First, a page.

Occlusion of the nonamblyopic eye has been the major therapy of amblyopia. Though full-time occlusion has been classically used as an effective method, there is no proven advantage of longer daily occlusion hours. Opinions vary on the number of daily occlusion hours, and there have not been conclusions about the most effective and optimal regimen.13,14 In addition, Yeom et al.8 reported that solitary 6-hour occlusion therapy revealed an effective improvement of the best-corrected visual acuity and provided good maintenance of improvement in the treatment for monocular amblyopes aged 3 to 8 years.
PEDIG15 reported the effectiveness of prescribing 2-hour and 6-hour patching in the treatment of strabismic and anisometropic amblyopia of a moderate degree in children from the ages of 3 to 7 years. Both regimens appeared to be equally effective in improving the overall 4-month visual acuity.
There is overwhelming clinical agreement on the concept that amblyopia treatment is less effective in older children and that amblyopia needs to be treated at an age younger than 6 or 7 years.13,16 Flynn et al.17 reported that the patient's age was the factor most firmly related to a successful result in amblyopia treatment. However, whether treatment is really ineffective over certain age limits is controversial. Rustein and Fuhr18 and Epelbaum et al.16 reported that the efficiency of amblyopia treatment was substantially poorer in children older than 8 to 12 years, and that this efficiency decreased as a function of age. However, Oliver et al.19 reported that children over 8 years-old who fully complied with the full-time occlusion therapy had an improvement similar to that seen in younger patients. Other articles that have prescribed full-time occlusion have reported that this regimen appears to be effective in improving the visual acuity in these older children.20 The lower treatment efficiency in older children might be related to their poor compliance, and good results were correlated with good compliance in past reports.19,21 Compliance is the most important factor to derive a successful result in occlusion therapy 22,23, and Noh and Cho24 reported that part-time occlusion is more easily practiced than full-time occlusion, which concerns children above six years of age.
We aimed to reduce mental and social problems through part-time occlusion therapy taking place outside of school hours and targeting school children whose anisometropic amblyopia was detected for the first time at the age of 8 years and older. We also evaluated whether the treatment would be effective in this age group. In addition, we strongly instructed the parents to cover their children's sound eye outside of school hours and to observe their children during the occlusion time as much as possible. They were also advised to have their children do activities such as watching TV, reading or computer operating for at least one hour during the occlusion time. Such detailed instructions gave the parents a realistic opportunity to adhere to the treatment, and its compliance was relatively good at 88.9%.
The success rate in this study was 93.1% based on the posttreatment BCVA of LogMAR 0.1 or better. Most children showed stereopsis greater than 100 seconds of arc at the end of the treatment period. We could not practically include a full-time patched group and an untreated control group in this study. However the success rate of 93.1% and the mean improvement of 0.51 Log MAR unit in our subjects was comparable to the results of earlier studies which reported that all patients in a full-time occlusion therapy group experienced a visual acuity improvement ranging from 0.12 to 1.0 (mean 0.46) LogMAR units20 Earlier studies also reported that the final vision in 94% of the patients improved by at least two lines after full-time occlusion therapy21, but a direct comparison was not possible between these studies and the present study because their definition of a successful outcome was different from that used in our study.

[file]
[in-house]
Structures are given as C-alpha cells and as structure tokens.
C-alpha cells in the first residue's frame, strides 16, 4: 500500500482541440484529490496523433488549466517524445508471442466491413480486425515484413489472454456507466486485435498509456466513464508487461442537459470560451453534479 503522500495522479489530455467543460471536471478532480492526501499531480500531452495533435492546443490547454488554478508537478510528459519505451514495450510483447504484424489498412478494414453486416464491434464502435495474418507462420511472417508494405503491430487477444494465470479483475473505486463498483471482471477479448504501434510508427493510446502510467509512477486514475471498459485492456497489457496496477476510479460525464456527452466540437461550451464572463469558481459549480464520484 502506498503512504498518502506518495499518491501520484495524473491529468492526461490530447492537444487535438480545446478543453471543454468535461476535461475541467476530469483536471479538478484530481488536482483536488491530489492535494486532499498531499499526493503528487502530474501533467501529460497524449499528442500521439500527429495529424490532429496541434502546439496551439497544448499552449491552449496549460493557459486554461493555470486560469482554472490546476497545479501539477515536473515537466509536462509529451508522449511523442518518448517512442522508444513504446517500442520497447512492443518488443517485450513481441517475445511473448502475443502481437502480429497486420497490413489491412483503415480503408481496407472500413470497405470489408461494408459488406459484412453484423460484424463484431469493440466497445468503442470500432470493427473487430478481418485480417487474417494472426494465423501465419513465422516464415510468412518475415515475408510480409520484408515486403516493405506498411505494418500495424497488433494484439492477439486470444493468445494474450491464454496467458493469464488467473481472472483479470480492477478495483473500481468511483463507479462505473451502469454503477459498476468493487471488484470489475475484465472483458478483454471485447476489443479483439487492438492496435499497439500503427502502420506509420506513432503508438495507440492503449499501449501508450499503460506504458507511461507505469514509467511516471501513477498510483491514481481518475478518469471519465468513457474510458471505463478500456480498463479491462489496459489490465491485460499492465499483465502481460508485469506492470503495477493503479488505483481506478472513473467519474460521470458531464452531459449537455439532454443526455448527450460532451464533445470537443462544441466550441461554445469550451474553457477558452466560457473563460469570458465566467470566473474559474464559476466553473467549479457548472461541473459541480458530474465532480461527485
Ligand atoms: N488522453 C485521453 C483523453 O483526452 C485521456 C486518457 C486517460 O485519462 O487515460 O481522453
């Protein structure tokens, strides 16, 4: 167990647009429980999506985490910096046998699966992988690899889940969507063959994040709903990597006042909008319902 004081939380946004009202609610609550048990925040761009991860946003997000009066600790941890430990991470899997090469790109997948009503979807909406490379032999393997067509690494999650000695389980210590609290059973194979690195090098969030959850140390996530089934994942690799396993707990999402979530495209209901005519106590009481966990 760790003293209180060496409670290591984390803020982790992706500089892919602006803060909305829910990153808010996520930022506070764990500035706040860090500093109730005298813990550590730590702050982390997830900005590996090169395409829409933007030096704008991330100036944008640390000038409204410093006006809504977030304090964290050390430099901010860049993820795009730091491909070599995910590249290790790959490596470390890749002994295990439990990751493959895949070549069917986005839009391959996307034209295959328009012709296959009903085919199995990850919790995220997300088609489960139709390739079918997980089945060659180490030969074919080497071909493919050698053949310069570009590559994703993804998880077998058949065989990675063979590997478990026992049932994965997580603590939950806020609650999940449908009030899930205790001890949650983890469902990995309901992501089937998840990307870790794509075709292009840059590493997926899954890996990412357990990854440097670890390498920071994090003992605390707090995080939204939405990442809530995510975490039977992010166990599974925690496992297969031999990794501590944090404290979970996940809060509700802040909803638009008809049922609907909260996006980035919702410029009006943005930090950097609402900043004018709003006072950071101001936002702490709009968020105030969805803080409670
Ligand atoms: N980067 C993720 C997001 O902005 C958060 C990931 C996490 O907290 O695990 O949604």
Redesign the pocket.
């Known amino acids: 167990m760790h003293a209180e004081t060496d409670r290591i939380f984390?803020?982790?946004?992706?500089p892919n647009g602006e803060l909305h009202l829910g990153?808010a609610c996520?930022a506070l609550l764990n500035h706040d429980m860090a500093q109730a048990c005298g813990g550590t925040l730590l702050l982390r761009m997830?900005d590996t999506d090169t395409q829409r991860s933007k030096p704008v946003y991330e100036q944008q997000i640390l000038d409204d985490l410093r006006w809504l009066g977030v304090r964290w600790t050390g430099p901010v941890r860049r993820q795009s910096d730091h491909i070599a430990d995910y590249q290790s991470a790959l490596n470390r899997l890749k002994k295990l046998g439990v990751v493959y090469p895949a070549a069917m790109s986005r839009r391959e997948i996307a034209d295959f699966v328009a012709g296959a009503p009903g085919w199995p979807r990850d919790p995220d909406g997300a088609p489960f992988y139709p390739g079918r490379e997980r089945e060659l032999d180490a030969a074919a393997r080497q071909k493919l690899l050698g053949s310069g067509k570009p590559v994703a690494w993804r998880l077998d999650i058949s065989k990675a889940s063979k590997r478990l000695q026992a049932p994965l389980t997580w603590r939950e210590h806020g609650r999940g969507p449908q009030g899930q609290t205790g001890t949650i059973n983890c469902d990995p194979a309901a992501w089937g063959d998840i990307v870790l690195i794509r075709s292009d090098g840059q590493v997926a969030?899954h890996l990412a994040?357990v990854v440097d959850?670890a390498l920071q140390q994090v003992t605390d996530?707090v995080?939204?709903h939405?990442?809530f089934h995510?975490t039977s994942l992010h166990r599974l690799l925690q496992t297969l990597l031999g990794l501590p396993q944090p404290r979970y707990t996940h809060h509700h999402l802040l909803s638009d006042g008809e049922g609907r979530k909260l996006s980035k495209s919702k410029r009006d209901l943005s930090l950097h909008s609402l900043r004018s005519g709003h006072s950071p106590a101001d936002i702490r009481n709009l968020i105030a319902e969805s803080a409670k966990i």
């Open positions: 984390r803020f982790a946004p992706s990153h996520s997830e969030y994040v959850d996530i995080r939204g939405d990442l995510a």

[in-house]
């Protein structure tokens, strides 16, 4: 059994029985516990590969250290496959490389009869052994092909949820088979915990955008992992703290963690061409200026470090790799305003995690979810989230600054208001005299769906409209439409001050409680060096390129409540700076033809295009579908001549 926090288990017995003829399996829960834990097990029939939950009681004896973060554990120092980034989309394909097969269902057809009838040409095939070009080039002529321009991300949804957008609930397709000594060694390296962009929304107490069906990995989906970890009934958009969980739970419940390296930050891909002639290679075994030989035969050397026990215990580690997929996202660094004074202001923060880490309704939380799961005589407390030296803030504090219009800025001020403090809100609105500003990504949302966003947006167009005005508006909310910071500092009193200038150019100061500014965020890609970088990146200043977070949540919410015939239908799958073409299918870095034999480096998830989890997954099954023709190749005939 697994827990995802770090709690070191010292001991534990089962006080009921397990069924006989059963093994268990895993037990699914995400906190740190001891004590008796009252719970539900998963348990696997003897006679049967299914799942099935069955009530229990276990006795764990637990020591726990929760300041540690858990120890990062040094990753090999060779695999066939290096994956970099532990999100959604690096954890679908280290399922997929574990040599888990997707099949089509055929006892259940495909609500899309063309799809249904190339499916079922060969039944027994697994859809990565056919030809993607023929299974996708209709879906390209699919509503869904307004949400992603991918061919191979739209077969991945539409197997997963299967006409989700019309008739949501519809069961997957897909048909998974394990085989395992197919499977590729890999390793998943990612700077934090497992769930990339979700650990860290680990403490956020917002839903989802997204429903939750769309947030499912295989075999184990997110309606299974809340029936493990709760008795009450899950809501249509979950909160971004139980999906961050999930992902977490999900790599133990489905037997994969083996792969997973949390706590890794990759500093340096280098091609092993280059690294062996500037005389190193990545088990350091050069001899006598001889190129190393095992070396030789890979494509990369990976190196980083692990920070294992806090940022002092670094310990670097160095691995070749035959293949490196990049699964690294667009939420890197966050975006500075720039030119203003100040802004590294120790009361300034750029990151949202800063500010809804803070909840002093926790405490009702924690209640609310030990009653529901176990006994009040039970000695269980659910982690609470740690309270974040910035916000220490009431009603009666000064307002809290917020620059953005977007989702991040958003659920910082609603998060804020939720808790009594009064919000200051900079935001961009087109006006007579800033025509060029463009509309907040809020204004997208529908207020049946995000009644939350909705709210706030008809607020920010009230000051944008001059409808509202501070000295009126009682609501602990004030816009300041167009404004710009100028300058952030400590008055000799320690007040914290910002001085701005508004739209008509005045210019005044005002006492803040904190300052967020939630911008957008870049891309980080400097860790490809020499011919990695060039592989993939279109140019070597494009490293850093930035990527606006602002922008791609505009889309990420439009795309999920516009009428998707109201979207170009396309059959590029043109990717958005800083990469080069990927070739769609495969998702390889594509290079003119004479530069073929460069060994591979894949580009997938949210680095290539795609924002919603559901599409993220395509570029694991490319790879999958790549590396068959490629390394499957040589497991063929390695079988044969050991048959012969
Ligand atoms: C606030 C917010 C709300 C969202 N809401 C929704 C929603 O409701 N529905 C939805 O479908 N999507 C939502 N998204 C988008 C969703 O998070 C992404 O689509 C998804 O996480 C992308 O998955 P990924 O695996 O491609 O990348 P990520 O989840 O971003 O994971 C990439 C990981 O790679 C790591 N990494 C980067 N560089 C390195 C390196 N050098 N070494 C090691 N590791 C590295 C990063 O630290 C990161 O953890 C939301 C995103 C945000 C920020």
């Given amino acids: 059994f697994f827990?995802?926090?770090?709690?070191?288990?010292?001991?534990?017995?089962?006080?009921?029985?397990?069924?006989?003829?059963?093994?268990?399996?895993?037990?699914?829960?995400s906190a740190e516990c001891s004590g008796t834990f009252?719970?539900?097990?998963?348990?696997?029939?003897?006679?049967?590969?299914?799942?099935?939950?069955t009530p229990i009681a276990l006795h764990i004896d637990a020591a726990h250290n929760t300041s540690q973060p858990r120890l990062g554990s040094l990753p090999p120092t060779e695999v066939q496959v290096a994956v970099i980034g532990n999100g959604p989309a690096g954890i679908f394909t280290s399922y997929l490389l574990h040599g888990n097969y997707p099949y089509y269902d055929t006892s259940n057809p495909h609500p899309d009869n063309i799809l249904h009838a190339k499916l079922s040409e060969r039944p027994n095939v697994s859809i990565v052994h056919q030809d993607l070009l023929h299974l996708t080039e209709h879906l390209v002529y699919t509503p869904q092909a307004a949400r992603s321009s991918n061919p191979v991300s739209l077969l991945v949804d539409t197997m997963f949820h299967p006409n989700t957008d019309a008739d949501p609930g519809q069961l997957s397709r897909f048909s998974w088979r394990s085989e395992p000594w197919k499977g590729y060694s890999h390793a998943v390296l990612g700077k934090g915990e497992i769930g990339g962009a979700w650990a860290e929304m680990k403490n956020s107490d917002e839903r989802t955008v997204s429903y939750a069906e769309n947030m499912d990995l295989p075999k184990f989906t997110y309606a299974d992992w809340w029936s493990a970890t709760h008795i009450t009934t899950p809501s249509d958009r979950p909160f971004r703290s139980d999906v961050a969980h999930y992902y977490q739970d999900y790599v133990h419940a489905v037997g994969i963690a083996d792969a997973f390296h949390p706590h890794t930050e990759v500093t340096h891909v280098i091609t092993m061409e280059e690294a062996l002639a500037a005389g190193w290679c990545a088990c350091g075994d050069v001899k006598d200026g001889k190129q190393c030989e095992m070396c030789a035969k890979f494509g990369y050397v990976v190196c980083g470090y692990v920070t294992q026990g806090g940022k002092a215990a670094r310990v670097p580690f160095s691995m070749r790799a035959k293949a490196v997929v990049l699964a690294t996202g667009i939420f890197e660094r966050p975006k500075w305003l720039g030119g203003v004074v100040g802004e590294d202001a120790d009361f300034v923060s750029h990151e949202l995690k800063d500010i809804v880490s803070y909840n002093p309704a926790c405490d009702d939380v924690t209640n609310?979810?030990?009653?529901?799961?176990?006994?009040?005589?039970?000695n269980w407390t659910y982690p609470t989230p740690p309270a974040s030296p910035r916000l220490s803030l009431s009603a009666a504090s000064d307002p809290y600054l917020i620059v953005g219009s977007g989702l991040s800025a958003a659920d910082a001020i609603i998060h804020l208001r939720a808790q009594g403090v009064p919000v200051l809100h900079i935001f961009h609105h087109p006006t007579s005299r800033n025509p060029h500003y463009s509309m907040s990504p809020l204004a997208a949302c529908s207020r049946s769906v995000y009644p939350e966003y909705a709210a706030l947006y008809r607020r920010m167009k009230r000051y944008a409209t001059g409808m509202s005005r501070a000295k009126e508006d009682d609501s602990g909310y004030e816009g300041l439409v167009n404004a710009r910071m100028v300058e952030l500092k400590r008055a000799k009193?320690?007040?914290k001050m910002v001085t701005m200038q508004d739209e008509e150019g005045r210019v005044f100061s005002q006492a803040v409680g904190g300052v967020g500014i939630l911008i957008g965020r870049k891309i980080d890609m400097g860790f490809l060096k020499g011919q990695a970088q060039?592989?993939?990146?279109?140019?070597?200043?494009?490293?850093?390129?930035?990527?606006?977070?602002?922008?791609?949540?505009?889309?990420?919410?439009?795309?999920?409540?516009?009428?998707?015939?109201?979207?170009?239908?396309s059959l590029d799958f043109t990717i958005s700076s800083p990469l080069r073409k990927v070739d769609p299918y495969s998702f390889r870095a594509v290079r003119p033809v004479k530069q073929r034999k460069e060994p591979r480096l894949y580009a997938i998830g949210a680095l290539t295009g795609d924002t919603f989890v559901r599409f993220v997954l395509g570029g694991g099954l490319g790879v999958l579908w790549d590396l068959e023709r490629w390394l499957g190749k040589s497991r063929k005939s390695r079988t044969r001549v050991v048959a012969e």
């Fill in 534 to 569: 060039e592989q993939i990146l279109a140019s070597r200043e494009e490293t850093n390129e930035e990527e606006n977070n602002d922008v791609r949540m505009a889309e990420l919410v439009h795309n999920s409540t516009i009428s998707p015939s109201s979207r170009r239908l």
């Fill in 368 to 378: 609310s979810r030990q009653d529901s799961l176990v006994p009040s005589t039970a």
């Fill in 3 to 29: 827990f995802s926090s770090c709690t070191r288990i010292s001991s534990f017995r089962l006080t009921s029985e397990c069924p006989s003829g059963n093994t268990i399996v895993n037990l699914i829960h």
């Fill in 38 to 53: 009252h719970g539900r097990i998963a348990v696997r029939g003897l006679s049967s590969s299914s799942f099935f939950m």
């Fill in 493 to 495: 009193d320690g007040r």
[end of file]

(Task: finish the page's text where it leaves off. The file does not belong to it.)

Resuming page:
Occlusion therapy for unilateral amblyopia is based on longstanding clinical experience indicating that a significant improvement of visual acuity in the amblyopic eye is rarely obtained without sound-eye occlusion due to unbalanced retinal rivalry between the two eyes. Even though we could not compare our findings with an untreated group, we started occlusion therapy only in subjects in which the BCVA did not improve by two lines or better after 2 weeks of wearing glasses.
The mean period of occlusion therapy was 4.79±3.35 months and improvement in visual acuity usually occurred within 6 months. Improvement was not longer than that of other reported studies.19-21 Oliver et al.19 reported that during the first quarter (0~3 months) of the amblyopia treatment there were 3.6 lines of improvement for the oldest group and 4.1 lines for the youngest group, while relatively minor improvements were obtained at later dates. Mohan et al.20 reported that the duration required to achieve a stable vision improvement had been 5.77, 6.31, 5.27 and 5.22 months in patients aged 11, 12, 13 and 14 to 15 years, respectively, while Park et al.21 found that the average treatment duration had been 10 months (range of 3~27 months), and improvement in visual acuity had mostly occurred in the initial 3~6 months of treatment. The occlusion time and the period of occlusion therapy did not have a significant relationship (p=0.366) in this study. However, it appeared that the patients with the worst pretreatment BCVA scores needed a longer period of occlusion therapy (p=0.019).
Visual improvement, which was calculated by subtracting the posttreatment LogMAR BCVA from the pretreatment LogMAR BCVA, and occlusion time showed a positive function of correlation (p=0.001). We think this fact could have two aspects in our study subjects. First, the subjects who completed longer occlusion hours experienced, a greater visual improvement. Because our subjects mostly achieved a posttreatment BCVA of over 0.8 (LogMAR=0.2), the greater visual improvement roughly means that even though the initial visual acuity may have been poor, the compliance rate of the subjects was high. Though it is not statistically significant (p=0.322), occlusion time and pretreatment LogMAR BCVA showed a weakly positive function (Pearson correlation coefficient=0.207), and occlusion time among the three classes regarding pretreatment BCVA did not have any differences (ANOVA test, p=0.938). The reason for such good compliance even in the group with the worst initial visual acuity might be that the parents and children could be aware of the seriousness of the treatment and were also instructed on how to perform the treatment, it might also be attributed to a detailed discussion between the physician and the patients.